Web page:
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March 15, 2009

Josie’s Japanese

Filed under: Asian Food — Mr. Henry @ 2:39 pm


In 1920 when great grandma arrived from Japan she had not yet become a flapper. (Her given name was Toshiko but everyone called her Josie.) Five years later she was pure roaring twenties American, the modern girl sporting beaded skirts and bobbed hair with bangs.

She gambled, swore, smoked with a cigarette holder, drank with the men, danced kabuki, fought kendo, and died standing up.

She also cooked great teriyaki chicken. (The secret ingredient is sugar.)

Josie’s teriyaki chicken

8 skinless chicken thighs and legs
½ cup soy sauce
½ cup sake
½ cup sugar
grated ginger

Marinate for as long as you like, for one day or even two if you are clever enough to plan ahead.

Bake in the marinade at 400 degrees until the chicken begins to blacken, about 45 minutes. (Mr. Henry likes it a little burnt.) Be prepared for everyone to eat more than usual.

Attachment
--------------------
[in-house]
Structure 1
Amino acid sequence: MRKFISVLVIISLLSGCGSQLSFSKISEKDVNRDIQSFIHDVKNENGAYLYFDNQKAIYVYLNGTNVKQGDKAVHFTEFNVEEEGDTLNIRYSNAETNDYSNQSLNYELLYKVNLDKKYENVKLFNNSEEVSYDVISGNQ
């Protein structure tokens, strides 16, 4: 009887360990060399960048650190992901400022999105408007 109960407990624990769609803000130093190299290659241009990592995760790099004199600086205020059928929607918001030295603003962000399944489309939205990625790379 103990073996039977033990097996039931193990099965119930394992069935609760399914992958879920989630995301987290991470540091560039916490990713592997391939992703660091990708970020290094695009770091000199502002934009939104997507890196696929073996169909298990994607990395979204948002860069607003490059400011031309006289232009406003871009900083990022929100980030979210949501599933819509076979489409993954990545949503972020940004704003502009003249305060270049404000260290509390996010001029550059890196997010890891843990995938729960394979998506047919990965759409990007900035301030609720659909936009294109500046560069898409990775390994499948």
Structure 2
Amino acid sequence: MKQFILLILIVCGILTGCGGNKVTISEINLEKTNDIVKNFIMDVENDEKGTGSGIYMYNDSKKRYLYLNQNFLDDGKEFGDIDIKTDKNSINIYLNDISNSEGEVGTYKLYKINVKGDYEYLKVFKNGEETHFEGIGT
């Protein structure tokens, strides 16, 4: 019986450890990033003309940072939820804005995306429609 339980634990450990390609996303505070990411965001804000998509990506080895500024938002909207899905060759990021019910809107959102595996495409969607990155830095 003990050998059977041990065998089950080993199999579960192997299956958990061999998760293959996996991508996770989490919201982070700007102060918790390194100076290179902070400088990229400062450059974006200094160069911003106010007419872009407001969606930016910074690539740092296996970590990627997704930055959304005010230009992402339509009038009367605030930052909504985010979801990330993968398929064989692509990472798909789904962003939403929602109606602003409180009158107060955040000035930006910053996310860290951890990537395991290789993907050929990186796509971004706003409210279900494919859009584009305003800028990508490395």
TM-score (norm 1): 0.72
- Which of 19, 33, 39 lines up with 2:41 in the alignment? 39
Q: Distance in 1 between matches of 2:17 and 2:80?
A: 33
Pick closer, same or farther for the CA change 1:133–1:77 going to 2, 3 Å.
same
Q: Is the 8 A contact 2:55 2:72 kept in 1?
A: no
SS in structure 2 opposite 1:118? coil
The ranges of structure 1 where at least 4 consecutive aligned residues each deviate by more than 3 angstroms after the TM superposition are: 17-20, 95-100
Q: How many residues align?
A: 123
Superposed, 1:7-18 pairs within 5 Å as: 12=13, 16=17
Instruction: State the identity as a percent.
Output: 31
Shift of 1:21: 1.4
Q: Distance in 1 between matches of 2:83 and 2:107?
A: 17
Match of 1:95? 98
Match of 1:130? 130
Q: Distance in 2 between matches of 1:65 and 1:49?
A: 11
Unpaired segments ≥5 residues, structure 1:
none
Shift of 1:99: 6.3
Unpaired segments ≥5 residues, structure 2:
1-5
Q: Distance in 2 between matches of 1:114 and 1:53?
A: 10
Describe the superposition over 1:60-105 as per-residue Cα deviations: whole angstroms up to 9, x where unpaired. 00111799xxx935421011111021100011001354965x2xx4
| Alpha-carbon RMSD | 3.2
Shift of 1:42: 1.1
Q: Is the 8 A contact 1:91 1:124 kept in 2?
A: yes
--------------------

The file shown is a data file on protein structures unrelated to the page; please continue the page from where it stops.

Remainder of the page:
Nowadays, truth be told, you can cut down the sugar a little without altering its beneficial effects. The marinade’s combination of salt and sugar not only flavors the chicken but effectively cures it, too. It will keep cold for days after, the perfect picnic for a burgeoning spring afternoon.

Josie loved mayonnaise and habitually prepared a dipping sauce for vegetables composed of regular bottled mayonnaise mixed with a splash of soy sauce, a staple today on the Henry household table. Surprisingly mayonnaise has been a Japanese favorite since the 1920’s and can be found in dozens of standard “traditional” Japanese sauces.

Striving to prepare a dressing for green salad that might complement teriyaki chicken, Mr. Henry mixed a tablespoon of white miso with sushi vinegar (rice wine vinegar mixed with sugar). After some hesitation at the prospect of culture clash, he added Italian olive oil.

The results matched splendidly with teriyaki.

When Josey’s daughter Martha came to town, Mr. Henry boasted to her of his new salad dressing. She said, “Oh yes, we’ve been making that for years. Try topping it with little cubes of tofu. It looks like cheese but tastes much lighter. Even Grandpa Gary, an old Nevada cowboy, likes it.”

1 Comment

  1. I’ve been trying to figure out how to make that damn salad dressing for years! Thanks, Mr. Henry!

    Comment by raincoaster — March 20, 2009 @ 7:49 am

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